Everything went well until March, when classes switched to Zoom. Mac Ban, who tries to limit her daughter’s screen time, quickly opted out. “She’s not going to sit still for hours at a time staring at a computer,” Mac Ban says.
She and her husband previously had considered homeschooling but were unsure if they had sufficient resources to pull it off. “We were already on the fence,” Mac Ban says. “COVID was the push.” Now she teaches at home, while teaming up with neighbors one day per week in a learning pod.
Despite the switch, Mac Ban does not oppose public schools. She sees many good things in her local district and continues to serve in the parent-teacher organization. What she supports is more choice. “One size does not fit all,” she says. “It’s ironic that they say, ‘No child left behind’ because so many kids are left behind when everyone is forced to go just to the one school.”
Surprised by Success
Prior to the pandemic, Ashley Ekpo and her husband also relocated to find better schools. They switched from Prince George’s County to neighboring Howard County in Maryland. The move extended the work commute for both parents, but they accepted the extra drive time as a sacrifice for their children.
Things went well until the pandemic. The parents initially jumped on board with distance learning through their public school, but soon found themselves overwhelmed with three school-aged children and two younger ones at home. “They were all lined up at the dining room table, and it was basically a nightmare,” Ekpo says.
After a few weeks, she noticed a drop in educational quality, so she started researching options. When she and her husband decided to try homeschooling, they initially saw it as a temporary solution until they felt comfortable sending their children back to the classroom. Now, the parents aren’t sure what they will do in 2021 and beyond. “We’re staying open-minded because we’re having a really good experience with it,” Ekpo says.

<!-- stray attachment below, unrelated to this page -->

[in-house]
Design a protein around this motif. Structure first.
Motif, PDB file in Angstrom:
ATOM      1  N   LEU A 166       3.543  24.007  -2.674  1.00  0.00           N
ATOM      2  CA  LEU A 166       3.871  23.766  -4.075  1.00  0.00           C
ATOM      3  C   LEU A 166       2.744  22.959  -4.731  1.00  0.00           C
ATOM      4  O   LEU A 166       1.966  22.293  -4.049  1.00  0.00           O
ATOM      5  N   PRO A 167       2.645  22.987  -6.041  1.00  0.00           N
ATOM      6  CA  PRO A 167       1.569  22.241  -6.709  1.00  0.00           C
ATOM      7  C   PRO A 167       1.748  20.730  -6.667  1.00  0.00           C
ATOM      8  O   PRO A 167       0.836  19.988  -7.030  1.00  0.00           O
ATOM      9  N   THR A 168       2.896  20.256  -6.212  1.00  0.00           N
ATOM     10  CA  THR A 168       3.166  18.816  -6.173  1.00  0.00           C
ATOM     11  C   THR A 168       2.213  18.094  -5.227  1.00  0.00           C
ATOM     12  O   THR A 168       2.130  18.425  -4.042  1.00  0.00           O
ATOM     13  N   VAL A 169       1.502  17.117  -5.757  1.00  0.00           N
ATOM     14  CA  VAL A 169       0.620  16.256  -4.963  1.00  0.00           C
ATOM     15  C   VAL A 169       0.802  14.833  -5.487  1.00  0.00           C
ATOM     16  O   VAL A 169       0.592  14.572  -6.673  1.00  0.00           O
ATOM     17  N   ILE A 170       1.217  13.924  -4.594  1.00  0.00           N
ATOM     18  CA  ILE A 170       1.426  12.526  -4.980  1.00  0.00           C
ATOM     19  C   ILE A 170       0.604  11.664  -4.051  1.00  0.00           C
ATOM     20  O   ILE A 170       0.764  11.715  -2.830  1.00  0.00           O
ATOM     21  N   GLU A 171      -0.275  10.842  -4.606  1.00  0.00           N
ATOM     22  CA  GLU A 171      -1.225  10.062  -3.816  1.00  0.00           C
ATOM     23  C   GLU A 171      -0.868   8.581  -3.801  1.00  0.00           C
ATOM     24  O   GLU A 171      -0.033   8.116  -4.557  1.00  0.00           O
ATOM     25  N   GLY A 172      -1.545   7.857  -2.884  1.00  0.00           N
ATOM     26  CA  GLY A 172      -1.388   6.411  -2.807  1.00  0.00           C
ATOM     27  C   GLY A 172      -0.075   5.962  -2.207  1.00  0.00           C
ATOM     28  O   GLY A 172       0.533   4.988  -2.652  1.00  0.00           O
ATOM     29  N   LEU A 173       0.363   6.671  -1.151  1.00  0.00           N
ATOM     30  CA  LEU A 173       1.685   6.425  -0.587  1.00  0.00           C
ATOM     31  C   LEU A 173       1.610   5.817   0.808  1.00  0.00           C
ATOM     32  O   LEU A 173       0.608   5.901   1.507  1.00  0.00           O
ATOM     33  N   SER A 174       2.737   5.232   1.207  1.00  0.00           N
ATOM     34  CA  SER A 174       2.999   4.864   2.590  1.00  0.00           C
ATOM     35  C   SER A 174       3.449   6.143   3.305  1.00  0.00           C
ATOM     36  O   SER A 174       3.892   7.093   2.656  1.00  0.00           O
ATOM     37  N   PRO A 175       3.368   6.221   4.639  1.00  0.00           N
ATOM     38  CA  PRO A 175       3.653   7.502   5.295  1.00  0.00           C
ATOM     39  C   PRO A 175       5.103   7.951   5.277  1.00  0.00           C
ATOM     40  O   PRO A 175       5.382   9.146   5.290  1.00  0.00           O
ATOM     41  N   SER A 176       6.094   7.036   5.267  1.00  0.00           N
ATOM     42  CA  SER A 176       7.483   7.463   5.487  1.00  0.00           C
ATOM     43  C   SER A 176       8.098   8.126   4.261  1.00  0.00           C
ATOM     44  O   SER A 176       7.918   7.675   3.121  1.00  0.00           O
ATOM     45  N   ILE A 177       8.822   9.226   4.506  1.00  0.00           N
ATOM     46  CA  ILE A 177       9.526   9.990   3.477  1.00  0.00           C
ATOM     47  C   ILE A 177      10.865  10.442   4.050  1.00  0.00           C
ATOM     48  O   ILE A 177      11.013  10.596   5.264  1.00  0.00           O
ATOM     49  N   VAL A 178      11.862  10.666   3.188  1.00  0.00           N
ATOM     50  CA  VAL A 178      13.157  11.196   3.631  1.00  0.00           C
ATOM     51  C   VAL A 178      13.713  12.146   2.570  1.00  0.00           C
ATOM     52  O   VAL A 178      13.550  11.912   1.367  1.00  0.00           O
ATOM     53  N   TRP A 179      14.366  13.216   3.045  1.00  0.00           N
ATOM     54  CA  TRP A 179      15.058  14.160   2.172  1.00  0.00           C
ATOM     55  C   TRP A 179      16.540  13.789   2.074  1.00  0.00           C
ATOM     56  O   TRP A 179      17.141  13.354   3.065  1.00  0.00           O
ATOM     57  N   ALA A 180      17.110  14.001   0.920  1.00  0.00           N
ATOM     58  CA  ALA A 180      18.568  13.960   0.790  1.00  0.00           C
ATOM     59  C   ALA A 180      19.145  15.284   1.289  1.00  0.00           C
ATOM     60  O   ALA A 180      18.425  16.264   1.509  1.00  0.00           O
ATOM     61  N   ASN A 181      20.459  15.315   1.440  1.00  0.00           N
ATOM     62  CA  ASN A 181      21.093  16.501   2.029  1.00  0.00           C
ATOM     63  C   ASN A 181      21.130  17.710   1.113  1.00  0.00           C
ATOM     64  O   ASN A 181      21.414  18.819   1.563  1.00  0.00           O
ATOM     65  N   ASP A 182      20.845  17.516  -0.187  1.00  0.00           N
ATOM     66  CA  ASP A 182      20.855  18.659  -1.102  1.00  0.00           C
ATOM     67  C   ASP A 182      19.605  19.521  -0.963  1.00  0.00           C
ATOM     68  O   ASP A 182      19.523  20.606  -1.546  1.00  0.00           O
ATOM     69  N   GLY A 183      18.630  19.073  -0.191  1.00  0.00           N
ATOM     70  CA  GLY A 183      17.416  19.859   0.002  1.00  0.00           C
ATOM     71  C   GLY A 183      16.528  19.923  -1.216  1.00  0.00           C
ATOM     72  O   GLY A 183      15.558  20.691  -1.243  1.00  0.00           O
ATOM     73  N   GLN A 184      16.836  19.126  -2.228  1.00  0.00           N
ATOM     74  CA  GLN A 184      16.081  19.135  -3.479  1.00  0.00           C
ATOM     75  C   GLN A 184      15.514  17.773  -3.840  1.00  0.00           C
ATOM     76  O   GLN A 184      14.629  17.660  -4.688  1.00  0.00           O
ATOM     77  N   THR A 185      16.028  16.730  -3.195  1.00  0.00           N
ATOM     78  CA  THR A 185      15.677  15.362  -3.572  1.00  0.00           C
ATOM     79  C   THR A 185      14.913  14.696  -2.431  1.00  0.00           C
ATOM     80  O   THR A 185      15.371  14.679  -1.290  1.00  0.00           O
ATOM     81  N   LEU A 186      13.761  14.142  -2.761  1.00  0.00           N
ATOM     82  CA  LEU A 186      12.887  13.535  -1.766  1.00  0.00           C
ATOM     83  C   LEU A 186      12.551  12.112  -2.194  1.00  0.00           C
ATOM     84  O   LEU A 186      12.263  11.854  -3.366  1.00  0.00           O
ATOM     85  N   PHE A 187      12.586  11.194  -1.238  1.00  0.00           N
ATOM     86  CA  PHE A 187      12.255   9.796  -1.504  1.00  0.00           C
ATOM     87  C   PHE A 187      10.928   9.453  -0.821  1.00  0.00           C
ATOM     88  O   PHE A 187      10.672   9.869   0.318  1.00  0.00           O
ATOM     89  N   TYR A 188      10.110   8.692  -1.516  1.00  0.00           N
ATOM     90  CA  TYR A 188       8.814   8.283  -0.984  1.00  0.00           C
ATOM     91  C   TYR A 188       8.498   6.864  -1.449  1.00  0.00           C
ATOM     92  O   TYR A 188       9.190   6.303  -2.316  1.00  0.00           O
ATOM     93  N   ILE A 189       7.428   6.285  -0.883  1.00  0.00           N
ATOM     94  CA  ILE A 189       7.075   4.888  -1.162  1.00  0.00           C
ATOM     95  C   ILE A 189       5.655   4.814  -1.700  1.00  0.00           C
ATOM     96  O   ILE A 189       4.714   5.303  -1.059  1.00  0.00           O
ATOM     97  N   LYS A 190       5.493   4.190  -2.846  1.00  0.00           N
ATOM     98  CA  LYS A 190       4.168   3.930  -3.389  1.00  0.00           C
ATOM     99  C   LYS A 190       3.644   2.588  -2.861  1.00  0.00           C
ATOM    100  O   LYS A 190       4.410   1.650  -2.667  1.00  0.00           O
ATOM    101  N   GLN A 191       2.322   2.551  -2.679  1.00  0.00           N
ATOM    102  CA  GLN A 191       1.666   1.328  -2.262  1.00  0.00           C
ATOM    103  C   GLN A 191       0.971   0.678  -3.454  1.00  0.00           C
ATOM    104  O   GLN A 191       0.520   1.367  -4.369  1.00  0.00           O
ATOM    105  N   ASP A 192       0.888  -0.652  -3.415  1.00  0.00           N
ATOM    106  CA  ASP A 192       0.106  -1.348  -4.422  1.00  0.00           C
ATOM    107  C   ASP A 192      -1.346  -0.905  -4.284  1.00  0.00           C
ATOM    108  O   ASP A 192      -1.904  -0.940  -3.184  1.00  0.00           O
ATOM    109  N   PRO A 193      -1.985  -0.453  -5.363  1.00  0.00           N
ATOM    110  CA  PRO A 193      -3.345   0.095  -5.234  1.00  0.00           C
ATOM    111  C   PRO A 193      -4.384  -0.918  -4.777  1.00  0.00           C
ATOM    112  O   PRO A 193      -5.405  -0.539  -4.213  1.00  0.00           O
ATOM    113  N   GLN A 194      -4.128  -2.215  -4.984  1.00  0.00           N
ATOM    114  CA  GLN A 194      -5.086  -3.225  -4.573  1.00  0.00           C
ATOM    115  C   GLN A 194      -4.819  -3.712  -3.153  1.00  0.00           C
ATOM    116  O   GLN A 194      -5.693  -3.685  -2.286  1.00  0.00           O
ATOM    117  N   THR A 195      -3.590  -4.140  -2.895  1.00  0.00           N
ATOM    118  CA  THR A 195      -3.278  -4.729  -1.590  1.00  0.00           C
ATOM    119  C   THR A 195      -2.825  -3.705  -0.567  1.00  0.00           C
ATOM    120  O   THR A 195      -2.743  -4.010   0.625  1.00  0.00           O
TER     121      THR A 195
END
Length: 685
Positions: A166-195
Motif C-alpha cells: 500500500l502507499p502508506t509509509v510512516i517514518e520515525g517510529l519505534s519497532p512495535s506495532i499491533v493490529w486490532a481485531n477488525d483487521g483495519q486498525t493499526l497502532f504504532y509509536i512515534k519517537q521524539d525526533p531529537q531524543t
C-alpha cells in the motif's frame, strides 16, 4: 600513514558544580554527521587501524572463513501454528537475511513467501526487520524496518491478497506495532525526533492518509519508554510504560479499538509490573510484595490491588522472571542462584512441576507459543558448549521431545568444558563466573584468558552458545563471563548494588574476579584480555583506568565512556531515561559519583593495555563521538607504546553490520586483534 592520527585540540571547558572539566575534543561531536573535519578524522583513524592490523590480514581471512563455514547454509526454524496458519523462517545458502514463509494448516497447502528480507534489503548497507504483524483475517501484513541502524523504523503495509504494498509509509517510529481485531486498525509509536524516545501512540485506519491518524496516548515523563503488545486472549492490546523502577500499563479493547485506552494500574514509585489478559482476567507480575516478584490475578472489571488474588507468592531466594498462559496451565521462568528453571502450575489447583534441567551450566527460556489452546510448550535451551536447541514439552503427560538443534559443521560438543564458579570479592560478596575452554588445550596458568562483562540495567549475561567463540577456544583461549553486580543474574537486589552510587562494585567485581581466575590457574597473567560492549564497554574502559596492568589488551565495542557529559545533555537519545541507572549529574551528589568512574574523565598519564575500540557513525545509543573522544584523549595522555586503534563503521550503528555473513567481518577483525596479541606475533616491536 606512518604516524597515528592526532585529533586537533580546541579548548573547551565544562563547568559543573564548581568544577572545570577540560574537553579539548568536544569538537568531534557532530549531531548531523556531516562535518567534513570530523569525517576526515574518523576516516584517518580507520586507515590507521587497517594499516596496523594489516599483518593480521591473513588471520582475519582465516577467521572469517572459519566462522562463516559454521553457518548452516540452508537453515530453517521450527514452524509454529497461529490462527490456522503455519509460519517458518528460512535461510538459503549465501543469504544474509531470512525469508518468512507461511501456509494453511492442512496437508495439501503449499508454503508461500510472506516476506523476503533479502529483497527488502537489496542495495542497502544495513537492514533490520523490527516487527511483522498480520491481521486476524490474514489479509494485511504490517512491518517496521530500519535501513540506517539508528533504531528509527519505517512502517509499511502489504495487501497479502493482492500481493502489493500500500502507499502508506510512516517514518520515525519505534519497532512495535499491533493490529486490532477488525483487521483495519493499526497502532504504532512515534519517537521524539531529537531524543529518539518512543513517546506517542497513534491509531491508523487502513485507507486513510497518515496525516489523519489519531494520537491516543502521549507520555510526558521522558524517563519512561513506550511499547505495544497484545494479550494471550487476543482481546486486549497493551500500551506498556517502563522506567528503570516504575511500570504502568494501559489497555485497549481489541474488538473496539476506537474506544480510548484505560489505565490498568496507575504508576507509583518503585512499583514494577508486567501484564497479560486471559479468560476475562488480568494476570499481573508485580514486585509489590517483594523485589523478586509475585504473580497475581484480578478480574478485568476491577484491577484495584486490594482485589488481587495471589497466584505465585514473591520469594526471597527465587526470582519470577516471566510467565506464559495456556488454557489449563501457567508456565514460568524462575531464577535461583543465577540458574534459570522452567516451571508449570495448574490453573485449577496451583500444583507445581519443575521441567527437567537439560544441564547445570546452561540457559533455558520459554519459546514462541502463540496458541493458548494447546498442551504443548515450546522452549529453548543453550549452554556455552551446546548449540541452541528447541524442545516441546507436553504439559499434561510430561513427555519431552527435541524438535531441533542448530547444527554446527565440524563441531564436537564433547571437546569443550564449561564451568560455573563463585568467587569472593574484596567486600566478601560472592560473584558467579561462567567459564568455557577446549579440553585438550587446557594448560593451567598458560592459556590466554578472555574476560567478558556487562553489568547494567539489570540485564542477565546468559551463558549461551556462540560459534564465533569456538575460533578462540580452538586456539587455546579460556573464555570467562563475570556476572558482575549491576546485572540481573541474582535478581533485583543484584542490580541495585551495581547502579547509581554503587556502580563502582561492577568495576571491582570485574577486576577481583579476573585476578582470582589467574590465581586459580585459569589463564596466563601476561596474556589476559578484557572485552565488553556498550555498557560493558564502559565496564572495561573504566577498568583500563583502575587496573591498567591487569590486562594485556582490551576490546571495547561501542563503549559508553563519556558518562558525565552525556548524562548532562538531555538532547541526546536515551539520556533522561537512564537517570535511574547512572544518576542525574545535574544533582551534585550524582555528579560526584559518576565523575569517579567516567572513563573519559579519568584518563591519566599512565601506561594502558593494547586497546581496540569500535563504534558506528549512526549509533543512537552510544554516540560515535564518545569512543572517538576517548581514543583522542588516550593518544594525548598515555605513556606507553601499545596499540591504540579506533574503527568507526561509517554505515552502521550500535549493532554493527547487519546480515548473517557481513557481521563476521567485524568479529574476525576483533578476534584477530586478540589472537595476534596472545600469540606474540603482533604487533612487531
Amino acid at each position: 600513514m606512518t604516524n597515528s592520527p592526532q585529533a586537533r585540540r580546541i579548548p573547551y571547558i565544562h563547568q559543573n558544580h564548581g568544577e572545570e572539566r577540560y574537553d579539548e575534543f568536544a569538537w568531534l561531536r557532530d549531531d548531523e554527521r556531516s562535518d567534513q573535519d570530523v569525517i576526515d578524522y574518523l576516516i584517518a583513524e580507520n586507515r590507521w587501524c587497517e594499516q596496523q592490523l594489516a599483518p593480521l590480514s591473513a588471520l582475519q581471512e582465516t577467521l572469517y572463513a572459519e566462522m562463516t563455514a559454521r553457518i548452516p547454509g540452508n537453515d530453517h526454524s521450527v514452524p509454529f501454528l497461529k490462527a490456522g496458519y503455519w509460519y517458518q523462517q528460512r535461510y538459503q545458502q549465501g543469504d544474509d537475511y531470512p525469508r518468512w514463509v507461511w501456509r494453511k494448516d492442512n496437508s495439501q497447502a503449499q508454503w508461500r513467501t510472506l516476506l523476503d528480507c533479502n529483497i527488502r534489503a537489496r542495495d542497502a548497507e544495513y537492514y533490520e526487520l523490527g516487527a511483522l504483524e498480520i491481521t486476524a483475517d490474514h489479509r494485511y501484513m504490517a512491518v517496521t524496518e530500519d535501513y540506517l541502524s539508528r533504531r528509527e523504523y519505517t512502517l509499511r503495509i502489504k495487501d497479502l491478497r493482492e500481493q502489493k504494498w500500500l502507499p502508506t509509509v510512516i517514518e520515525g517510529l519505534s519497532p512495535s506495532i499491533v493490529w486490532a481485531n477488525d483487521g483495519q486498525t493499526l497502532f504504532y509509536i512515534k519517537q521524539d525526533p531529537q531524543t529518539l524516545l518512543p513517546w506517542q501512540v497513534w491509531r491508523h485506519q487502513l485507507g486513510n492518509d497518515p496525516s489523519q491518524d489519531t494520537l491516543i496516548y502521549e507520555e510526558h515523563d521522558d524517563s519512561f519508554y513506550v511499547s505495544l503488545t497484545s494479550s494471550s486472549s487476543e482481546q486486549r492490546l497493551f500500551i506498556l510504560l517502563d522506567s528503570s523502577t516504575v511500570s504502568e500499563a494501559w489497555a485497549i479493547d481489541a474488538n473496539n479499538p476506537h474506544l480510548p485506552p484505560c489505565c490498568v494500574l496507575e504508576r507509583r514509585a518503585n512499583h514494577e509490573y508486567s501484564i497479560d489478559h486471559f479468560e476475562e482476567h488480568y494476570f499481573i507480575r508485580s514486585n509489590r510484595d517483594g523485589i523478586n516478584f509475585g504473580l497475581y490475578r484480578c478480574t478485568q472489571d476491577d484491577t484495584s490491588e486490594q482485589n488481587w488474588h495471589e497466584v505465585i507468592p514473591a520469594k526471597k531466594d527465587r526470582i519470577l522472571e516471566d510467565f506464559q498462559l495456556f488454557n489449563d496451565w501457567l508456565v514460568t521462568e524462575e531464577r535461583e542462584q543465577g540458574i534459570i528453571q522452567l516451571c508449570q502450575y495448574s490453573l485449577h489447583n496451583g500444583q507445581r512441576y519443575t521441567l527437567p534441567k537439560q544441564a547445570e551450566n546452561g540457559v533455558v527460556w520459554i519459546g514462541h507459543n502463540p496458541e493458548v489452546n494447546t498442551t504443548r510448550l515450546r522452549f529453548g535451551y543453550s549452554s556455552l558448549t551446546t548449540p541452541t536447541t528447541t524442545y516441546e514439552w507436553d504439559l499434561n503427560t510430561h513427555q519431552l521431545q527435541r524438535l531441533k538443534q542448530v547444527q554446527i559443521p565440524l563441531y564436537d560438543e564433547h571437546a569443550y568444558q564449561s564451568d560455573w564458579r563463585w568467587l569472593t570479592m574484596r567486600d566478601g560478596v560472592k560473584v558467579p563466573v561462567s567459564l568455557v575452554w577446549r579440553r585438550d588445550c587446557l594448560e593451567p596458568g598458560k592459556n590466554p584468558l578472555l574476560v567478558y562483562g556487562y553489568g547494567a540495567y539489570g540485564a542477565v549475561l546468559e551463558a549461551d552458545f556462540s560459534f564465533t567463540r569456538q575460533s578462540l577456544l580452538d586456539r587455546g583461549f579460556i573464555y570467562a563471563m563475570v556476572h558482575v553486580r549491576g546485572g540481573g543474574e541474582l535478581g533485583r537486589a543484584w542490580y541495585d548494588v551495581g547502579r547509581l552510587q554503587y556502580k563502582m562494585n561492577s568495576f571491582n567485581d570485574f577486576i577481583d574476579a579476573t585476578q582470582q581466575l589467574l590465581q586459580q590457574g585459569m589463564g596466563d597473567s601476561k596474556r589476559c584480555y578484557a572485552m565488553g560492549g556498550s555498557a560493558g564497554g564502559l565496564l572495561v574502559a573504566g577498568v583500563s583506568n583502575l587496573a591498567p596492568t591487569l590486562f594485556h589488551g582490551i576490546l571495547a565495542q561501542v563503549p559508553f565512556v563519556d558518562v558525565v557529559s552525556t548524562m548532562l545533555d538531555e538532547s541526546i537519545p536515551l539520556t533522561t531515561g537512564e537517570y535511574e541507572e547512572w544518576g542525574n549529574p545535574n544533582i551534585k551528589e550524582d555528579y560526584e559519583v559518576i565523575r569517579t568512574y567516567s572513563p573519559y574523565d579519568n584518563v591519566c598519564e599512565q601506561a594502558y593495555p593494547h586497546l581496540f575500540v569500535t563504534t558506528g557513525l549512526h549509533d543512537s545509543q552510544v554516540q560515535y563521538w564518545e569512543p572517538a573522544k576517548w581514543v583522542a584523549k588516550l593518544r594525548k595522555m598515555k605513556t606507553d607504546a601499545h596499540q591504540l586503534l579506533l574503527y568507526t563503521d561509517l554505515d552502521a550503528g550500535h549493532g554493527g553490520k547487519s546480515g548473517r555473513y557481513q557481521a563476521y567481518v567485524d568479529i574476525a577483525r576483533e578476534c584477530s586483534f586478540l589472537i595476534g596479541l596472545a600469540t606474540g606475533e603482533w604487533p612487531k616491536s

A Place for Everyone
Brooke Hunt and her husband like choice so much that they let their older children decide for themselves what they wanted to do during the pandemic. All three opted to remain in public schools, while two younger ones started homeschooling in Mesa, Arizona. “We just made the big, brave decision in August,” says Hunt, who has a degree in early childhood education.
Critics complain that homeschooling can cut children off from diverse classrooms, but Hunt sees the opposite in the co-op that she runs with two other families. Unlike public schools, which segregate students by age, the homeschooling group brings children together at different stages of development. This represents a type of diversity.
Participants in Hunt’s group also come from different racial and ethnic backgrounds. “Lack of diversity is never an issue,” she explains. Her only regret is that she cannot help more families in her little operation. “I wish I could open my home to everyone where there’s a need,” Hunt says.
Teachers unions could benefit from the same inclusive mindset. Parents like Mac Ban, Ekpo, and Hunt are not segregationists. They are innovators who should be celebrated, not smeared.
Daryl James and Erica Smith, Reason Magazine